Oh wait it’s in the subject you clicked on to go read this.

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How To Be: Some Jojo (in 4e D&D)

In How To Be we’re going to look at a variety of characters from Not D&D and conceptualise how you might go about making a version of that character in the form of D&D that matters on this blog, D&D 4th Edition. Our guidelines are as follows:

  • This is going to be a brief rundown of ways to make a character that ‘feels’ like the source character
  • This isn’t meant to be comprehensive or authoritative but as a creative exercise
  • While not every character can work immediately out of the box, the aim is to make sure they have a character ‘feel’ as soon as possible
  • The character has to have the ‘feeling’ of the character by at least midway through Heroic

When building characters in 4th Edition it’s worth remembering that there are a lot of different ways to do the same basic thing. This isn’t going to be comprehensive, or even particularly fleshed out, and instead give you some places to start when you want to make something.

Another thing to remember is that 4e characters tend to be more about collected interactions of groups of things – it’s not that you get a build with specific rules about what you have to take, and when, and why, like you’re lockpicking your way through a design in the hopes of getting an overlap eventually. Character building is about packages, not programs, and we’ll talk about some packages and reference them going forwards.

And now, it’s time to engage with something that is a challenge on two axes: First, the challenge presented by unpicking what it even means to make it, and second, the challenge of dealing with the standard memetic conversation that unrolls when you bring it up.

We’ve been a Touhou. We’ve been an Ukyou. And it’s time, now finally, it’s time, to be a Jojo.

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4e — Dwarfeons & Dragons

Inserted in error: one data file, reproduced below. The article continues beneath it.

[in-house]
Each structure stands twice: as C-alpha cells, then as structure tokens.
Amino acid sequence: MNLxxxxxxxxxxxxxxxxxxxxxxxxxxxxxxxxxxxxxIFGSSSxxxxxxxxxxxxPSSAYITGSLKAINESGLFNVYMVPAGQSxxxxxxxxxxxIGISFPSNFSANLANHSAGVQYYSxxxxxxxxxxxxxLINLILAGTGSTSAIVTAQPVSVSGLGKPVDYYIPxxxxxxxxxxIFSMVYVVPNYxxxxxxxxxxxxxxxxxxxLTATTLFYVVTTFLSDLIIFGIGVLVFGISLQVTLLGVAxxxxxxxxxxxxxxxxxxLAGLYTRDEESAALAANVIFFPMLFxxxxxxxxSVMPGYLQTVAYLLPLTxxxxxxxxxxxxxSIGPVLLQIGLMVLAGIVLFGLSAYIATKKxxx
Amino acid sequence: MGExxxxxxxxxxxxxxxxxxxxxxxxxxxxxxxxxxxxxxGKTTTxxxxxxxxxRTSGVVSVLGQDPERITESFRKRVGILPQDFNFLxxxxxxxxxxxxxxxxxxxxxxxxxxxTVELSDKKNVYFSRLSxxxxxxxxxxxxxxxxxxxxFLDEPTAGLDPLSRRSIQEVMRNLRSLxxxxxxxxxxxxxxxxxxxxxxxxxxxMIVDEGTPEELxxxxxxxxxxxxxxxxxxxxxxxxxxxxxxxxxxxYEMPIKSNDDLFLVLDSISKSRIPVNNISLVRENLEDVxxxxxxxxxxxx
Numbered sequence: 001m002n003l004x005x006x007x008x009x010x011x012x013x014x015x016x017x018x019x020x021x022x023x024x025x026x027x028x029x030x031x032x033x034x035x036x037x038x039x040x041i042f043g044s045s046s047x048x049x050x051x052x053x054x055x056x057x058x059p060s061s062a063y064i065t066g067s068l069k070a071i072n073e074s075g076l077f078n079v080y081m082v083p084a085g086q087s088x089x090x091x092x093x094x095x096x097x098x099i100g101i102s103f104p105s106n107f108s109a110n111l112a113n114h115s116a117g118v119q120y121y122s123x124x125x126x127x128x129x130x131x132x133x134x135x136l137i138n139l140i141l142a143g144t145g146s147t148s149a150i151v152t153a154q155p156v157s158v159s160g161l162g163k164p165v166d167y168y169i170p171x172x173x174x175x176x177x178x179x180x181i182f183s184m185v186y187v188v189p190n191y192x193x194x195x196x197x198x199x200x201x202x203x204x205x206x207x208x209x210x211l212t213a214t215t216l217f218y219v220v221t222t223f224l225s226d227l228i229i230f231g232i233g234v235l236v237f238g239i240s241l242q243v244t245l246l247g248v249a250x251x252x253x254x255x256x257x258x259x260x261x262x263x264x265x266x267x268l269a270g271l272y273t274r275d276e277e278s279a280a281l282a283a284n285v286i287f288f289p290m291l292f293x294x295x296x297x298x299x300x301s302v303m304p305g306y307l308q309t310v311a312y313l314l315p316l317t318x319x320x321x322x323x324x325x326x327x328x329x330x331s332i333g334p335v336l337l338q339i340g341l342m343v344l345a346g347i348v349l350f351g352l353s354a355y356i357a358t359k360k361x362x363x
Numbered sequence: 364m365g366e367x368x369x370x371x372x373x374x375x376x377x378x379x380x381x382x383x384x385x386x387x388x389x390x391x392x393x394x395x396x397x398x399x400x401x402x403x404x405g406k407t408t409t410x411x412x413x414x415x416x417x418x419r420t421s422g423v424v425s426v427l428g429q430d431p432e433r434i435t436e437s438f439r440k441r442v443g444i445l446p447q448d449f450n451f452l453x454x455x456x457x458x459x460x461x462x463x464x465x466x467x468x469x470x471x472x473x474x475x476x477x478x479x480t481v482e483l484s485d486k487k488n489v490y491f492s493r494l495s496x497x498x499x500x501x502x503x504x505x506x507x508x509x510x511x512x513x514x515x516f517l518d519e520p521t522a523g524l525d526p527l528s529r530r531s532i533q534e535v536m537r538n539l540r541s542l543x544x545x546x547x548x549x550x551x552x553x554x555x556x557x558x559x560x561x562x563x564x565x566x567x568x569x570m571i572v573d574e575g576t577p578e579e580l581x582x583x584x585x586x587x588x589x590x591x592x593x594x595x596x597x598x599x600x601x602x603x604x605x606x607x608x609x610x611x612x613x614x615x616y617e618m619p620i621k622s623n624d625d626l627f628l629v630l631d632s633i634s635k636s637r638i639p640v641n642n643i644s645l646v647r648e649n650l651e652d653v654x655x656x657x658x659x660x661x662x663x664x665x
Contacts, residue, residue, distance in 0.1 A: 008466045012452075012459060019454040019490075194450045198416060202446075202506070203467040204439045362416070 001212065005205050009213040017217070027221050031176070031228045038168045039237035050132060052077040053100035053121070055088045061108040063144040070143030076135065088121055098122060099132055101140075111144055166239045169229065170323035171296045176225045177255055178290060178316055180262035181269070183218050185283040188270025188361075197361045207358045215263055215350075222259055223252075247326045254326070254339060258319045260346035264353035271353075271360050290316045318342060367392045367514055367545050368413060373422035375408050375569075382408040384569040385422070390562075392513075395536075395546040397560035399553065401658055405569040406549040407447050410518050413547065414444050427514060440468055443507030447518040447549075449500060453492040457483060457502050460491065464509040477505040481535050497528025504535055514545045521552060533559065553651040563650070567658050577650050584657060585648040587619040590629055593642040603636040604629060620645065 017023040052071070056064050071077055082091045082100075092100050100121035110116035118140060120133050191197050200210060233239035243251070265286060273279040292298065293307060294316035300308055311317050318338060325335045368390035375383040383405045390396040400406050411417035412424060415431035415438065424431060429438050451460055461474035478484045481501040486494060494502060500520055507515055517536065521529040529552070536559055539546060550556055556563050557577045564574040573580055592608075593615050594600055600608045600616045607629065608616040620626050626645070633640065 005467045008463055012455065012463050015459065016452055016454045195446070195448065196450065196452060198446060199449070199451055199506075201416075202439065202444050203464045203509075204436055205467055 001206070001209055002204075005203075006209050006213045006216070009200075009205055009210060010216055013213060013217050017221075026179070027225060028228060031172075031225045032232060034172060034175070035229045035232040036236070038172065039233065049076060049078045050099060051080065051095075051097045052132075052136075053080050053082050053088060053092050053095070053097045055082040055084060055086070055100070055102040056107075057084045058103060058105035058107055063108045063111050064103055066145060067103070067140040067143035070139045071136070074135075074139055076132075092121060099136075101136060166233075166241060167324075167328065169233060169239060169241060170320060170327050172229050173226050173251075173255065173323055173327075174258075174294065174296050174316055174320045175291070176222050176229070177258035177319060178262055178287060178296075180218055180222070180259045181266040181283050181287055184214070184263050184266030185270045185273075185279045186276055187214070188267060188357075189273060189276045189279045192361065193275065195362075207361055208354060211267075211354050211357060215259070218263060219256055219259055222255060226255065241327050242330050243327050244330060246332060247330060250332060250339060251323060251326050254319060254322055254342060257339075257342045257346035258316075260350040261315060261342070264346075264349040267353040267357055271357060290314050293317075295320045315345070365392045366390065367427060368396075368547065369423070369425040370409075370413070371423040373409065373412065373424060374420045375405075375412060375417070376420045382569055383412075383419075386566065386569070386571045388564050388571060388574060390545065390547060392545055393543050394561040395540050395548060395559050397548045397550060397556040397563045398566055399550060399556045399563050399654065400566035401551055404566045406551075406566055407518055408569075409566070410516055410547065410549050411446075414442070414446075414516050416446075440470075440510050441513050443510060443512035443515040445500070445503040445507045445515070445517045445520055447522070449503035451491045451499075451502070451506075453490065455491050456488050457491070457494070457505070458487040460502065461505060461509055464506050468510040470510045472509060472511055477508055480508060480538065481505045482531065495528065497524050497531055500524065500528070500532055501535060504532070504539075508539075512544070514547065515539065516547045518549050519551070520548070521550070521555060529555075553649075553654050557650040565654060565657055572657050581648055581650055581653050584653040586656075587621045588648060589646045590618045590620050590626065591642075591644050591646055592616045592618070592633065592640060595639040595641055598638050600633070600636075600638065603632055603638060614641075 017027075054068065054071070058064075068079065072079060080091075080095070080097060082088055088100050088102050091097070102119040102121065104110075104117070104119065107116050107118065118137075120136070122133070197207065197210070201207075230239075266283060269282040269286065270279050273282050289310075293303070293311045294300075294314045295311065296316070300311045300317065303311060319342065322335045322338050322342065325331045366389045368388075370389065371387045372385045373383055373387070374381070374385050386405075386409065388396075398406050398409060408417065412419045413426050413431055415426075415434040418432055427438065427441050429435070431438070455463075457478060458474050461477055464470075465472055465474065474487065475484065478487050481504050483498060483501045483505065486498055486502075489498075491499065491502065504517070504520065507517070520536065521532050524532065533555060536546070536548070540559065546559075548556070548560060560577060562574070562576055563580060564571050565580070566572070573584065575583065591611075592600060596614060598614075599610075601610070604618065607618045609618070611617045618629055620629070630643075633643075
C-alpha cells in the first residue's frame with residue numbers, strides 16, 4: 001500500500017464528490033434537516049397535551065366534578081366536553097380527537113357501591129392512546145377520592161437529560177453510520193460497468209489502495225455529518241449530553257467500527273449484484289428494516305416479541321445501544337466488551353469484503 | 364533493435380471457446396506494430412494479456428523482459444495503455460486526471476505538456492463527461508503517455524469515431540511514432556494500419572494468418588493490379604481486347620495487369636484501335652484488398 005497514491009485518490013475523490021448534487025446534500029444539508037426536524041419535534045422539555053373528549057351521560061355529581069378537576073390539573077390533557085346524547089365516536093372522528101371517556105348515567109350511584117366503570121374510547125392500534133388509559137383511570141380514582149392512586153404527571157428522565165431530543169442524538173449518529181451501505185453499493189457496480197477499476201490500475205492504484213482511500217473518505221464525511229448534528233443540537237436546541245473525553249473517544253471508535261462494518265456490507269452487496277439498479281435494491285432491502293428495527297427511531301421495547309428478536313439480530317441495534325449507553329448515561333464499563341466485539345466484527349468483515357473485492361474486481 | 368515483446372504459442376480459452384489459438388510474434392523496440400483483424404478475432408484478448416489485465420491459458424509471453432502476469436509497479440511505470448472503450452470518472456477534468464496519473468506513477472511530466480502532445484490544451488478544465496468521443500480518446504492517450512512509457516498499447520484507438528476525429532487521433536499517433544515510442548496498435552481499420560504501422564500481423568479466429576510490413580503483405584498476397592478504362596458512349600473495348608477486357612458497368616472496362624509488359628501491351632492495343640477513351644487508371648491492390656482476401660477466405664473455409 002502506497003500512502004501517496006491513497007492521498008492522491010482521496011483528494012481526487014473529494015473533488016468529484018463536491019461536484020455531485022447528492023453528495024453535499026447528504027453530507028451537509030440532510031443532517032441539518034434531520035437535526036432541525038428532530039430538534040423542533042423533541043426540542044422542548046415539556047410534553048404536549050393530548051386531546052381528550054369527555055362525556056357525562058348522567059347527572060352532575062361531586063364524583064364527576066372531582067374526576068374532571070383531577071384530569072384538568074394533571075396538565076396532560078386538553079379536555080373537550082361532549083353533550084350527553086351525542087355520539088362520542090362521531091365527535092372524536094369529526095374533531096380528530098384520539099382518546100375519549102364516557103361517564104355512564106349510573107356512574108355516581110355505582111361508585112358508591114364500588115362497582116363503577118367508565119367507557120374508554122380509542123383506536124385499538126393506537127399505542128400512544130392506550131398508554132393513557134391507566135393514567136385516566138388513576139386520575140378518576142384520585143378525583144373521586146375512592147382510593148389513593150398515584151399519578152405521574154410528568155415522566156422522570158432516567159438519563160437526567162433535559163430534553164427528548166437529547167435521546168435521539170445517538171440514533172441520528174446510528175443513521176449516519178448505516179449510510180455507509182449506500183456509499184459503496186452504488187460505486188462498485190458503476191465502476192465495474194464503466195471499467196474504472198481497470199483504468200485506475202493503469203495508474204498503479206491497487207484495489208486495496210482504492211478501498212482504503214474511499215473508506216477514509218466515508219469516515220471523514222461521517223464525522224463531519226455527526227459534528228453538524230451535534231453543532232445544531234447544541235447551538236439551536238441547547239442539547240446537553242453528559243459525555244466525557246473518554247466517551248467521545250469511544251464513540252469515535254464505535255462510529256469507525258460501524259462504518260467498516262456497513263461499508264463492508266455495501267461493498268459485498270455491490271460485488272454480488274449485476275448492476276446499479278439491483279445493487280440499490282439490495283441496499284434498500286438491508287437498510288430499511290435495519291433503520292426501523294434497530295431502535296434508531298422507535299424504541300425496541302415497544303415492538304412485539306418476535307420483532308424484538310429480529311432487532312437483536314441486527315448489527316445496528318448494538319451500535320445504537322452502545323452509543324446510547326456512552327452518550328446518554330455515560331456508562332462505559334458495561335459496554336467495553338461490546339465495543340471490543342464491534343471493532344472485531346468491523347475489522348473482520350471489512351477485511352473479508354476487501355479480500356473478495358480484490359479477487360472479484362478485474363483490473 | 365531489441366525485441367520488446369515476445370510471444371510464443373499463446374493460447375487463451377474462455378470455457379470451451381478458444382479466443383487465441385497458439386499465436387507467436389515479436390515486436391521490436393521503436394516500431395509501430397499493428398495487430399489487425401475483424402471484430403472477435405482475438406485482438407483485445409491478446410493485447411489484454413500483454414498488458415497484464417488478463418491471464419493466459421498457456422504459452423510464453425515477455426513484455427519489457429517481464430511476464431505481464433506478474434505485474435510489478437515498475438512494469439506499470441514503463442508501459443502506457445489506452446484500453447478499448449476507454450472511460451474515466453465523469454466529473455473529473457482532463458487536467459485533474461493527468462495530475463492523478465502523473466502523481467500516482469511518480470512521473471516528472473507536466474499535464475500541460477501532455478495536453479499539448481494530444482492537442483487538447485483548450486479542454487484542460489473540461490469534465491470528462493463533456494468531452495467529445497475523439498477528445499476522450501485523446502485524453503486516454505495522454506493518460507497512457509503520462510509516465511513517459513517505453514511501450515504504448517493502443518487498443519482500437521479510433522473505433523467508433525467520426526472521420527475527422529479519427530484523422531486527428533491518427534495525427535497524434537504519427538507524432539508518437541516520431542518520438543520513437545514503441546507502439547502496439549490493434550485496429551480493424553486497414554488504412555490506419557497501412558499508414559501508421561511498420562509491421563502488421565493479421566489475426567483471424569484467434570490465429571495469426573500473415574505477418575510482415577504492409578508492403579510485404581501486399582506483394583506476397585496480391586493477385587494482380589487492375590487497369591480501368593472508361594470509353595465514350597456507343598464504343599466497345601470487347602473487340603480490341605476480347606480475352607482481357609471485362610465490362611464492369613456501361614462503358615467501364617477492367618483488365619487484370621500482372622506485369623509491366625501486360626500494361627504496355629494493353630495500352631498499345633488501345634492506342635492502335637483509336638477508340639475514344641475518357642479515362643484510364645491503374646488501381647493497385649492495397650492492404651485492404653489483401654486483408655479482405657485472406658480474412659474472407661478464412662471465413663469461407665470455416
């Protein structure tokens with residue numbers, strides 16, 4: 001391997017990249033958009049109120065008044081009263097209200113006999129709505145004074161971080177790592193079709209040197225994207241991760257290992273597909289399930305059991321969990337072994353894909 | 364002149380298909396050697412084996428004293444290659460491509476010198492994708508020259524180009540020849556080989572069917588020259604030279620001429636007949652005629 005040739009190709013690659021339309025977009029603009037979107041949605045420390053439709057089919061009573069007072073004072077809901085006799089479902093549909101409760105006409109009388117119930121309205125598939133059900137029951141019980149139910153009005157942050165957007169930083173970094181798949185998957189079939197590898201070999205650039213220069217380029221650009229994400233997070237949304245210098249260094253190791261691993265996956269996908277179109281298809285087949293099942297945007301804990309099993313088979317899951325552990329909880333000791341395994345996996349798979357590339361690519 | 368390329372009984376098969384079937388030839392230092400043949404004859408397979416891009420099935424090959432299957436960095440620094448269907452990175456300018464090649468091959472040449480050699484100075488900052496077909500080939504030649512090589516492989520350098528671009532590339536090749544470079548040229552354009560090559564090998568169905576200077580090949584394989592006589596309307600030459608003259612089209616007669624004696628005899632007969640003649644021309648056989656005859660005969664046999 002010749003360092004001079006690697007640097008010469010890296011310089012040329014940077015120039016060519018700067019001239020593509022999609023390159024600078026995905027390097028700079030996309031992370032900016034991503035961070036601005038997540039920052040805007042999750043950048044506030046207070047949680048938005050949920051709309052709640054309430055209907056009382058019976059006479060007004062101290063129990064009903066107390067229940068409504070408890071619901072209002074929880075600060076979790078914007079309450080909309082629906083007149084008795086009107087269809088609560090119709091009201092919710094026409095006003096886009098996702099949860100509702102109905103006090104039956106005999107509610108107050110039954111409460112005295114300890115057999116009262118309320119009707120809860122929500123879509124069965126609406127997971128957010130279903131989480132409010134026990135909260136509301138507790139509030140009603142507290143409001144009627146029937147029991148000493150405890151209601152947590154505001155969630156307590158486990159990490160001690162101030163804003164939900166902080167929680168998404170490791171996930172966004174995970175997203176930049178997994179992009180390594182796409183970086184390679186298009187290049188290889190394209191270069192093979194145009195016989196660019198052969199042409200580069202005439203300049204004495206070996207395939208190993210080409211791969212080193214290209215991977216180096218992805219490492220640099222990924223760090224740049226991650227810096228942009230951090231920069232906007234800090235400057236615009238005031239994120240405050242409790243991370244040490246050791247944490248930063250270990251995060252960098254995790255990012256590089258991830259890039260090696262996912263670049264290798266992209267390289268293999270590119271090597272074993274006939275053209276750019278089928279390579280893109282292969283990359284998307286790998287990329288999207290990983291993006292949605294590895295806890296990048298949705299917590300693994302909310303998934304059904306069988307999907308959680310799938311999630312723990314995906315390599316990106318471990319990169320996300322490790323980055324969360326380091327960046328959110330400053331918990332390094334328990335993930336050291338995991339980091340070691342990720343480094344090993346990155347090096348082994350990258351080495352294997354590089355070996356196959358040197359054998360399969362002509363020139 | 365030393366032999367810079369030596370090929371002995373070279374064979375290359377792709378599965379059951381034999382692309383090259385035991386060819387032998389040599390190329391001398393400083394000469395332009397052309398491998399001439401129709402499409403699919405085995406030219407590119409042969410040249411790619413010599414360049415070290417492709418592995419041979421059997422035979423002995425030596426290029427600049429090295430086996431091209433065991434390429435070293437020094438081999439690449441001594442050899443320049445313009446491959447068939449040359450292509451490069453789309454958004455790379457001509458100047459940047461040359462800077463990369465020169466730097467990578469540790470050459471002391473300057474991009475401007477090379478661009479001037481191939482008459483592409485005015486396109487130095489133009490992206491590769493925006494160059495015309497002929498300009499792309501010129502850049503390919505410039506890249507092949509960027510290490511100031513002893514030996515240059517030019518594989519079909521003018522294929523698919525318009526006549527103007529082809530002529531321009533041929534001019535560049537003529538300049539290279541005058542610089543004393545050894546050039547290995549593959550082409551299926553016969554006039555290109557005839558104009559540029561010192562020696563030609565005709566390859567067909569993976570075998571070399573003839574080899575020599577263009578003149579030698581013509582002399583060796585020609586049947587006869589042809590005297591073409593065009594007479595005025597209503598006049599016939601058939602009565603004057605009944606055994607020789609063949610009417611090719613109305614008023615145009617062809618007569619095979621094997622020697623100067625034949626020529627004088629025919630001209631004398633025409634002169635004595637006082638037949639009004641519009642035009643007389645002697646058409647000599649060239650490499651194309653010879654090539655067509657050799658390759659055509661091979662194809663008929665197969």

Dungeons & Dragons is a game system built around giving players a useful, handleable group of tools to build a character. You have the simplest two lego pieces to snap together; what you do (your class), and how you were born (your heritage/race). A elf fighter is not the same as a half-elf fighter is not the same thing as an orc fighter, for example. These cultural groups then let you inform the world; after all, if there are elves and orcs in the world, there are probably places that those elves and orcs grow up. And thus the player options build the world, and the world building feeds into how the player options feel.

If you have crystal cities of a floating city state full of elves, the players will get ideas for that, and how they interact with the world, based on that. If the elves live in great green forest villages that hang from the branches, that’s going to give them different ideas. And if the elves, I don’t know, come from an elf mine, that’s going to give you a different perspective.

It’s a great system. I love it. I honestly think it’s one of the best things about the game, and the fact that it gives you a pair of dials to spin serves as an onramp that almost any player can get engaged with quickly, and that serves to anchor your decisions going forwards. Great system, I think it does a great job.

Anyway, I don’t like the the Dwarf and the Dragonborn in 4th edition D&D.

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The best of 2021, Part 1 – D&D

I wrote some bangers last year.

I sat down at first to give a sort of top ten articles of my own last year, that weren’t covered by specifically the header of How To Be, Game Pile or Story Pile. I tried it, and found that I had run out of slots for ‘absolute banger of an article’ in two months of summarising posts. Then I realised there were whole trends of things to write about and then I realised, hell, this is my blog, you’re here for my content, and unless you’re Vincent or Tab or Kate (hi, you three), odds are good you miss an article or three I write.

We’re going to do three of these this week. A whole bunch of bangers, divided up by the type of writing it is, and why I might want you to go reread it. First we’re going to talk about general content – stuff that I think you should link to other people outside the blog, posts that explain some complex concept in a way I’m proud, but also which doesn’t necessarily fit the other stuff.

And so here, I’m just going to bring your attention to a big pile of things I’d already written that are really good and which I know have escaped your attention, yes you, and today, it’s going to be about the Dungeons & Dragons, DMing and Worldbuilding articles.